This post originally appeared at Digital Promise on August 22, 2019.
“I’m not just a math teacher; I’m a teacher of the whole child,” Bethany Orr, a fourth grade teacher in North Carolina and Iredell-Statesville Schools’ 2019 Teacher of the Year, reflected after earning a learner variability micro-credential on self-regulation.
Orr spent a semester digging into the research behind how learners vary and tried several strategies tied to self-regulation, a key learner variability concept, to support two of her students. She demonstrated her understanding and use of strategies such as mindfulness breaks by collecting artifacts that showed how her students benefited from these changes in practice.
Orr said one of her biggest takeaways from the micro-credentials process was the importance of leveraging students’ strengths, which she did not do initially. “Having them write was not their strength,” she explained. “Both of the students are very verbal, and so I got audio recordings of them reflecting. I got so much more from them when I didn’t ask them to write.”
Because a diverse student population brings varied experiences and abilities to the classroom, teachers must understand each child’s strengths and challenges in order to create a learning environment where each student can thrive. Micro-credentials, a natural extension of the formal and informal learning activities educators engage in every day, provide teachers with personalized, competency-based recognition for the skills they learn throughout their careers.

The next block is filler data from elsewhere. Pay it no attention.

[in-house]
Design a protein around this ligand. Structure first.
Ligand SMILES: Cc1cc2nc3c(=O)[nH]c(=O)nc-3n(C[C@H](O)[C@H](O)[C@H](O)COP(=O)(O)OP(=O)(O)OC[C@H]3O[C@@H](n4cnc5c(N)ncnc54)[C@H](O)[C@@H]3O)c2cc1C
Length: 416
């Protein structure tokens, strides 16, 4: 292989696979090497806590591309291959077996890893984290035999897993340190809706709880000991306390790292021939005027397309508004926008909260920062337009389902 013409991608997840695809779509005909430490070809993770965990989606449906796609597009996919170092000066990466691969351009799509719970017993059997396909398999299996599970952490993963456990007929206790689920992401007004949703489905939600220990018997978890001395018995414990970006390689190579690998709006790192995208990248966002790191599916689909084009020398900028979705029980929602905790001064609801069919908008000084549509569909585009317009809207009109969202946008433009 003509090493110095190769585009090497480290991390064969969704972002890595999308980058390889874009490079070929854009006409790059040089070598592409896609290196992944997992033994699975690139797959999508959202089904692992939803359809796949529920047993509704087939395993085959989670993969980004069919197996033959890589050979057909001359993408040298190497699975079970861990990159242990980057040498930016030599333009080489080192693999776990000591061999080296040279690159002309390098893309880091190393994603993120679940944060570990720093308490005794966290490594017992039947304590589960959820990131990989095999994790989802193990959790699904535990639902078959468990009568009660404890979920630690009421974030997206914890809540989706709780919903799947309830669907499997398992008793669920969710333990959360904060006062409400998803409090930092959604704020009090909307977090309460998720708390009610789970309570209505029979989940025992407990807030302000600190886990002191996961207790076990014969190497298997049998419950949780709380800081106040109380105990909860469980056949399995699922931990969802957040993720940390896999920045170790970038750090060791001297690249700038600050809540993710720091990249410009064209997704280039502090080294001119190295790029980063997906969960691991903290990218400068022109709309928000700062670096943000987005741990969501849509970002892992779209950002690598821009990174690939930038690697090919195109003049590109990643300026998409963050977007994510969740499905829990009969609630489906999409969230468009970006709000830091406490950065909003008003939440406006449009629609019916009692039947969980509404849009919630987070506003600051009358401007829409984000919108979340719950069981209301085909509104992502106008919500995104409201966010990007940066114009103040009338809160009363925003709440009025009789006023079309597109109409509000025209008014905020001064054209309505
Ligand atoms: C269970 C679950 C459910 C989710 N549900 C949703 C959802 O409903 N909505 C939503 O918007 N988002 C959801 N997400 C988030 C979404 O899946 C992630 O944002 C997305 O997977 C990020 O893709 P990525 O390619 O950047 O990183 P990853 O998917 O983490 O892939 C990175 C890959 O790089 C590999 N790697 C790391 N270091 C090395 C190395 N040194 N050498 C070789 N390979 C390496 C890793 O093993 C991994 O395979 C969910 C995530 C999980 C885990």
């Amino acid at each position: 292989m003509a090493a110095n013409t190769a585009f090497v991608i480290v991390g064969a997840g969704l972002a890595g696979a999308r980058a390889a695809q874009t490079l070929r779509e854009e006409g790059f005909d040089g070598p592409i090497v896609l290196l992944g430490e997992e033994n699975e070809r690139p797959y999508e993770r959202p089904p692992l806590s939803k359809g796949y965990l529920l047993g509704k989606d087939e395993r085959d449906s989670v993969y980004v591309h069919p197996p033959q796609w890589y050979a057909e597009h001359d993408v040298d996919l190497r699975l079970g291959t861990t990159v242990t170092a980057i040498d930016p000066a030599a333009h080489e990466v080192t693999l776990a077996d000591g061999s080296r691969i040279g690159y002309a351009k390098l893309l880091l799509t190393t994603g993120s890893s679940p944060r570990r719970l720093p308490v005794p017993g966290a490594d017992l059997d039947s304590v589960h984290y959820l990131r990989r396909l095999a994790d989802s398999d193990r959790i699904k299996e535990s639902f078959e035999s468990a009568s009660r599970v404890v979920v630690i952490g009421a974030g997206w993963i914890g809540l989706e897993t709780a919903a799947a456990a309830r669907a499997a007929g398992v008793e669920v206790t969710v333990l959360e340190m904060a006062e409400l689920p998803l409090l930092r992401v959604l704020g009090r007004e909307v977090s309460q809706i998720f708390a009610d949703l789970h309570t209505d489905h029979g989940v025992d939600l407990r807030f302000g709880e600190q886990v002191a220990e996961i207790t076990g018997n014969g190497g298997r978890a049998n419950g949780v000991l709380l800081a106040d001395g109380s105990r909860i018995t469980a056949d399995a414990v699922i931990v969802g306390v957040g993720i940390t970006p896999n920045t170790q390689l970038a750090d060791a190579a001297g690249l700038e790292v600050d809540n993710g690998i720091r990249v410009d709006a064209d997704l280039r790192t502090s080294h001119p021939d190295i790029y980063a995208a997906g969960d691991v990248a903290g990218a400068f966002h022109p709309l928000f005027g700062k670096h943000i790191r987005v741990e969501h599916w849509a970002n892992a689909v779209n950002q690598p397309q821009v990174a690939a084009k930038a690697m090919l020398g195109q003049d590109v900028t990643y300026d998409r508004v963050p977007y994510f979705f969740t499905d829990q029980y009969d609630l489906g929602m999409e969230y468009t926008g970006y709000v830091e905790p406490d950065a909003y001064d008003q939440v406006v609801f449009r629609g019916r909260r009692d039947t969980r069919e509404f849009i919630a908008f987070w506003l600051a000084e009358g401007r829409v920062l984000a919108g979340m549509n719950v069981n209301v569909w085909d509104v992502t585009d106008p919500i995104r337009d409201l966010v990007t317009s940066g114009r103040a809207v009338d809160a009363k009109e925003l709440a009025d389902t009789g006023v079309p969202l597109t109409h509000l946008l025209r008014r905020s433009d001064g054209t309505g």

The Friday Institute for Educational Innovation produced a stack of 15 Learner Variability micro-credentials—including the Self-Regulation micro-credential—in collaboration with Digital Promise Global’s Learner Variability Project. These micro-credentials are steeped in learning sciences research, providing insights into how best to support and engage the full diversity of learners found in every classroom.
After earning her Self-Regulation micro-credential, Orr reflected that her “relationship with [her students] is much stronger now than it was at the beginning of the year.” She added: “They started to see that I was working to understand them better and that they were important to me, important enough to learn something new to try to help them, and I think that really changed things.”
Watch the video below to see Bethany Orr’s micro-credential journey and how the process pushed her to better understand her students; then, start your own micro-credential journey by visiting the Digital Promise Micro-credentials Platform.
- Practicing What They Preach: Micro-credentialing at Kettle Moraine
- Five Things I Learned While Scoring Micro-credentials
- Continuing the Educator Micro-credential Movement
Wendy Xiao is Program Manager of the Learner Variability Project at Digital Promise. Prior to joining Digital Promise, she was pursuing her master’s degree and concurrently working with a number of edtech products, including one on social-emotional learning. She previously taught in the elementary division at The Lab School of Washington, focusing on reading and dance instruction. While teaching at a school for children with learning differences, she grew in her dedication to create meaningful learning experiences and meet the needs of diverse learners. She earned her M.A. in Learning, Design & Technology from Stanford Graduate School of Education and her B.S. in Neuroscience from Duke University. You can reach Wendy at [email protected].